Tuesday, April 13

Postcards

So I wish life was as easy as a Spring day. Sadly, mine is not. Now, do I absolutely LOVE my life? Yes. Do I wish it was easier? Not really, I just wish I had about three extra hours in the day and more energy. But as the French say, c'est la vie. (It's just life). There isn't anything exciting around here to report except, work, work, work all day long!

I was fortunate enough to be a part of a poetry reading in my American Literature class last Tuesday. It's very rare that inspiration and a warm-ness wash over you while sitting inside a classroom on a wonderful Spring day. But hearing some of Ms. Andrea Barton's poems did that for me. I just sometimes forget to stop and smell the roses I guess. Well, this is her poem "Postcards" I hope you enjoy it as much as I do.
Postcards

I have to find a different space. I think the way that I will hurt you back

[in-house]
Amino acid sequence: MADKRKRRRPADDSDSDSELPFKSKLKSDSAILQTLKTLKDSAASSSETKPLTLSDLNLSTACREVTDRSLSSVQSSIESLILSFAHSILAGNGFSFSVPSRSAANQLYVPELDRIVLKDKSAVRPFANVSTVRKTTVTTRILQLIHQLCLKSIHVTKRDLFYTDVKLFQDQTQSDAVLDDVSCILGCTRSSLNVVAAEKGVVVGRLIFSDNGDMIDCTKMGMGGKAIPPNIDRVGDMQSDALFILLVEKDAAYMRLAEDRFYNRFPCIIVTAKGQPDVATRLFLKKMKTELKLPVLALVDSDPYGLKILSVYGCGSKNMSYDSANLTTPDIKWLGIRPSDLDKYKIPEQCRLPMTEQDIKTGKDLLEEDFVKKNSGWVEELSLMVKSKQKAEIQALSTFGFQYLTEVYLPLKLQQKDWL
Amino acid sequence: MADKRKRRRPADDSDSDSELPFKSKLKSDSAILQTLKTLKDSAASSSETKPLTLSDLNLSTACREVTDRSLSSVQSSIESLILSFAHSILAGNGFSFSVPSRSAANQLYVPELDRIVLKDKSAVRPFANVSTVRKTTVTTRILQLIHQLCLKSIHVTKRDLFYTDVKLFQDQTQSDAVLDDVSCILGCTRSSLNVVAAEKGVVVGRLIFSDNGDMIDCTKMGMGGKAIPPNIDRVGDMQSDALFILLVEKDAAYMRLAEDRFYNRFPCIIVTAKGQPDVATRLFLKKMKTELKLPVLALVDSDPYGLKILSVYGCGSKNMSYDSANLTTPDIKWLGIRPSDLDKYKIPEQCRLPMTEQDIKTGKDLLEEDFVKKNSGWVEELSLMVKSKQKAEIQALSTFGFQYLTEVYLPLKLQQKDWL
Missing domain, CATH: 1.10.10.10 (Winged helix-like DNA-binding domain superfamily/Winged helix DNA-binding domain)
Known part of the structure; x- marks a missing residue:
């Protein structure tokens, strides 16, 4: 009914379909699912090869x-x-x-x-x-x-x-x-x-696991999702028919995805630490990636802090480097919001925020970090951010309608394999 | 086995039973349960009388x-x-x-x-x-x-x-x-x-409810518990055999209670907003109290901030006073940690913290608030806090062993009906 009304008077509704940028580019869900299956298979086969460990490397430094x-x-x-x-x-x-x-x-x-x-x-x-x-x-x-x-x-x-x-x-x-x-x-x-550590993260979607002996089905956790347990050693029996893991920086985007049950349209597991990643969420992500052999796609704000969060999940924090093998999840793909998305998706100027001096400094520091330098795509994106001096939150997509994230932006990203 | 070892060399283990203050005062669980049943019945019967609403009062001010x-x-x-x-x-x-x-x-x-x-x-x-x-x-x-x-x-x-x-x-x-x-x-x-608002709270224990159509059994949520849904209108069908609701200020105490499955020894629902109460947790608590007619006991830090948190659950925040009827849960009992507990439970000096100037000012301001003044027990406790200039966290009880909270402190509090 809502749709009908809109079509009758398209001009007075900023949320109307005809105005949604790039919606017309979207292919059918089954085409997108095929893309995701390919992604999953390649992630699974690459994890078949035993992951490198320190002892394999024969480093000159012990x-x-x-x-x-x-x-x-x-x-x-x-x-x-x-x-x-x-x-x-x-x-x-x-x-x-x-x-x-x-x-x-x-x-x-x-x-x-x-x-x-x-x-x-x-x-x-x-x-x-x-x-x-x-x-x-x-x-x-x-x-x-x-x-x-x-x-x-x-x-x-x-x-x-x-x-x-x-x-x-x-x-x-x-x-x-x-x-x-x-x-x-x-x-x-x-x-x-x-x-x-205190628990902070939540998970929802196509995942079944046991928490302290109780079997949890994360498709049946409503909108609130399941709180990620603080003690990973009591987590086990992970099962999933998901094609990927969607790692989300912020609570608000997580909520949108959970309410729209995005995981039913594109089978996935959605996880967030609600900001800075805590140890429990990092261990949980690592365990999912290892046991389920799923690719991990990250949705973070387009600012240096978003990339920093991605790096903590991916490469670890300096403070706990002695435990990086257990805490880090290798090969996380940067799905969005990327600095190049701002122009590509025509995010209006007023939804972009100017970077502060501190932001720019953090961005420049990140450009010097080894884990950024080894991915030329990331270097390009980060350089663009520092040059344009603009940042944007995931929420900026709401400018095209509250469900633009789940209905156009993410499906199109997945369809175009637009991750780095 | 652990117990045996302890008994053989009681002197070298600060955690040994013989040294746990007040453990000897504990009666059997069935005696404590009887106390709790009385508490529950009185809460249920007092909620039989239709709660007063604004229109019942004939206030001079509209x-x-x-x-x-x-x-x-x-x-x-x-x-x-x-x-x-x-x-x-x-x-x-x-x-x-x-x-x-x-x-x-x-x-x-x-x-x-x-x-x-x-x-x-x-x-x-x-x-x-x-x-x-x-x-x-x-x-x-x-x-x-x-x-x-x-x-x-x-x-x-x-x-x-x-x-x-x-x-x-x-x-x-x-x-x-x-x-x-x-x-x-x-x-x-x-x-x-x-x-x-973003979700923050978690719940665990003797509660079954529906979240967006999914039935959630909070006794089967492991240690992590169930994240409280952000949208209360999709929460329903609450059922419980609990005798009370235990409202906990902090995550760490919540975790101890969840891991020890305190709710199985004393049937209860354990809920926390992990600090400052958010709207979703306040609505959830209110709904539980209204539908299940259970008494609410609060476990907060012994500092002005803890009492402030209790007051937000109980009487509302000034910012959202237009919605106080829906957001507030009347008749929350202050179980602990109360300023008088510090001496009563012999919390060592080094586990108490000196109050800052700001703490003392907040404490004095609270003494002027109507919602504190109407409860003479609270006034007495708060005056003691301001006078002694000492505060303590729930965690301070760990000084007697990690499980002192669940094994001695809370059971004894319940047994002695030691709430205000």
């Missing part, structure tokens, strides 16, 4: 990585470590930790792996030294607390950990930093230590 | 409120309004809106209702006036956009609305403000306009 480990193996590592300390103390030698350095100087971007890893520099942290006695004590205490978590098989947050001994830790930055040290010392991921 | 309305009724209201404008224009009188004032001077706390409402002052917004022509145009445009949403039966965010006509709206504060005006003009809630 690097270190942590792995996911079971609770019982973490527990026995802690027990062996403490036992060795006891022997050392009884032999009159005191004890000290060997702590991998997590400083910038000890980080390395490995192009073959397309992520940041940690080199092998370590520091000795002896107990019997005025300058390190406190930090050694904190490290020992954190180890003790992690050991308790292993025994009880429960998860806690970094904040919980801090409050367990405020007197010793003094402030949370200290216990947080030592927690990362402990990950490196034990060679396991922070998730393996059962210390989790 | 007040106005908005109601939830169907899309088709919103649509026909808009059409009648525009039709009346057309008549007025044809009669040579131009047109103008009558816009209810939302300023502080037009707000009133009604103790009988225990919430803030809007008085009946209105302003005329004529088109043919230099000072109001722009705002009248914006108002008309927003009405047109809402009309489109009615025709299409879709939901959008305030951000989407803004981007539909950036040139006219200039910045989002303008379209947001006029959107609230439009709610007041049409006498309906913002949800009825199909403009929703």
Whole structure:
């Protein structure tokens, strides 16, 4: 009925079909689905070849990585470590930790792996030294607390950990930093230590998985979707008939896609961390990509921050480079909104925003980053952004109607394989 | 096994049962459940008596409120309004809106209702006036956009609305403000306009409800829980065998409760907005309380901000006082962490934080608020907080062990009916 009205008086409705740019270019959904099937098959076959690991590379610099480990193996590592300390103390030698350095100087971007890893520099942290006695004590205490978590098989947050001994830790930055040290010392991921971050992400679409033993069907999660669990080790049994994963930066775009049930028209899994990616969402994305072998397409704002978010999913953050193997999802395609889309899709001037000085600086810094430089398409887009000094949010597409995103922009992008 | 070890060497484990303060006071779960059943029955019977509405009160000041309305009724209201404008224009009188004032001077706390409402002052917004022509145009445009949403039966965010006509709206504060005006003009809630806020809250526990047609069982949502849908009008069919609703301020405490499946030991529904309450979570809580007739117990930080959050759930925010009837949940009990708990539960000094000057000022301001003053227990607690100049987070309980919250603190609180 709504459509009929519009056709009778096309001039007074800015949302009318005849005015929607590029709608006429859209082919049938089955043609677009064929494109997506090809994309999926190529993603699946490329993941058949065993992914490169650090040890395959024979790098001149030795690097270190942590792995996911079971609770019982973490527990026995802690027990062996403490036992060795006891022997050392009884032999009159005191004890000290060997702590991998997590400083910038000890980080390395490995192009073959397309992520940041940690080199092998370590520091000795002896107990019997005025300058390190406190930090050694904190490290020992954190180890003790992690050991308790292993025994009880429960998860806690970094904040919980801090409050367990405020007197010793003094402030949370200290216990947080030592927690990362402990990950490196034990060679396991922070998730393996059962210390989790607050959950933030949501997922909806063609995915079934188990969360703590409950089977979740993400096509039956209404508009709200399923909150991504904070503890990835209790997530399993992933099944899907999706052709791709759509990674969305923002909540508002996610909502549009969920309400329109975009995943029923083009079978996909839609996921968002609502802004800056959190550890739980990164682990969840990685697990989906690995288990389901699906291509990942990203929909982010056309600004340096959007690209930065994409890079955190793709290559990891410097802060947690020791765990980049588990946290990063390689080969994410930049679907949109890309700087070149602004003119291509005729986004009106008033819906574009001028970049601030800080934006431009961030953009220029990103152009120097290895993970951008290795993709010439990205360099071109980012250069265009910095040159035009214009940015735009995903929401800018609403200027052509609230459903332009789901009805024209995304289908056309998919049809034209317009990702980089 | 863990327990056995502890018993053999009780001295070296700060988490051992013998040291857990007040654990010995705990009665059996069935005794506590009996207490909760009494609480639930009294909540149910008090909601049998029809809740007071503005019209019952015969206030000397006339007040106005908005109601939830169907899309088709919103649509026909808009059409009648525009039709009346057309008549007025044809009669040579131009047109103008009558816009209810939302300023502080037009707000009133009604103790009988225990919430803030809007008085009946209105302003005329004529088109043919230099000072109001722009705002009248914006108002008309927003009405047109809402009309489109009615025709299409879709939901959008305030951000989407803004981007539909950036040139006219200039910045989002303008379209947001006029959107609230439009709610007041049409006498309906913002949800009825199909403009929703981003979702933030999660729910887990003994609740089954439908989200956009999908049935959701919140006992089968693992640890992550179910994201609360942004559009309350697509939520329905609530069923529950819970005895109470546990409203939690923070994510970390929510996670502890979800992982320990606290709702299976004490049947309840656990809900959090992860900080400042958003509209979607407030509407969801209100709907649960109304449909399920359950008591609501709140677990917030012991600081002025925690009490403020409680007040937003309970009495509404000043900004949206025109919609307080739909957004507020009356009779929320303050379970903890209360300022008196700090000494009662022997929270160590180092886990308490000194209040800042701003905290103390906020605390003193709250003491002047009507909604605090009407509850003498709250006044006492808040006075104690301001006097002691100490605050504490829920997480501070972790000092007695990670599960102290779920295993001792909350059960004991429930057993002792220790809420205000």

is to go to every city that makes postcards of itself and send you one with the directive,
“Wish you were here.”

I won’t stay anywhere for very long—stop at a gas station for a postcard or two,
a state-shaped magnet, diet coke and cheese crackers.

Every familiarity will change in proportion to my distance,
will mark that I am opening my car door in the elsewhere of corn fields
and distressed billboards until I recognize nothing in the foreign faces.

I will drive with purpose. I will drive in a way that throws up dust
or pothole debris, the wet muck sopping against my undercarriage.

When I am tired of driving, I will tell my friends stories that have nothing to do with you:
of how I slept at a rest area just past the bridge between Memphis and Arkansas
or met a couple in Arlington who made soaps for a living.

I will tell them how the accents became thicker, more difficult to understand,
how I rose to the occasion in a chess match with a farmer named Temple.

I will pray every day for people on the interstate with somewhere to get to,
will love them for being strangers.

And I will tell friends later if they ask, that I am wonderful—that I have been every place—
that I have learned to interpret loss and how it is always the same:
an empty postcard of a solitary windmill that stutters on an unused field.

Andrea Barton


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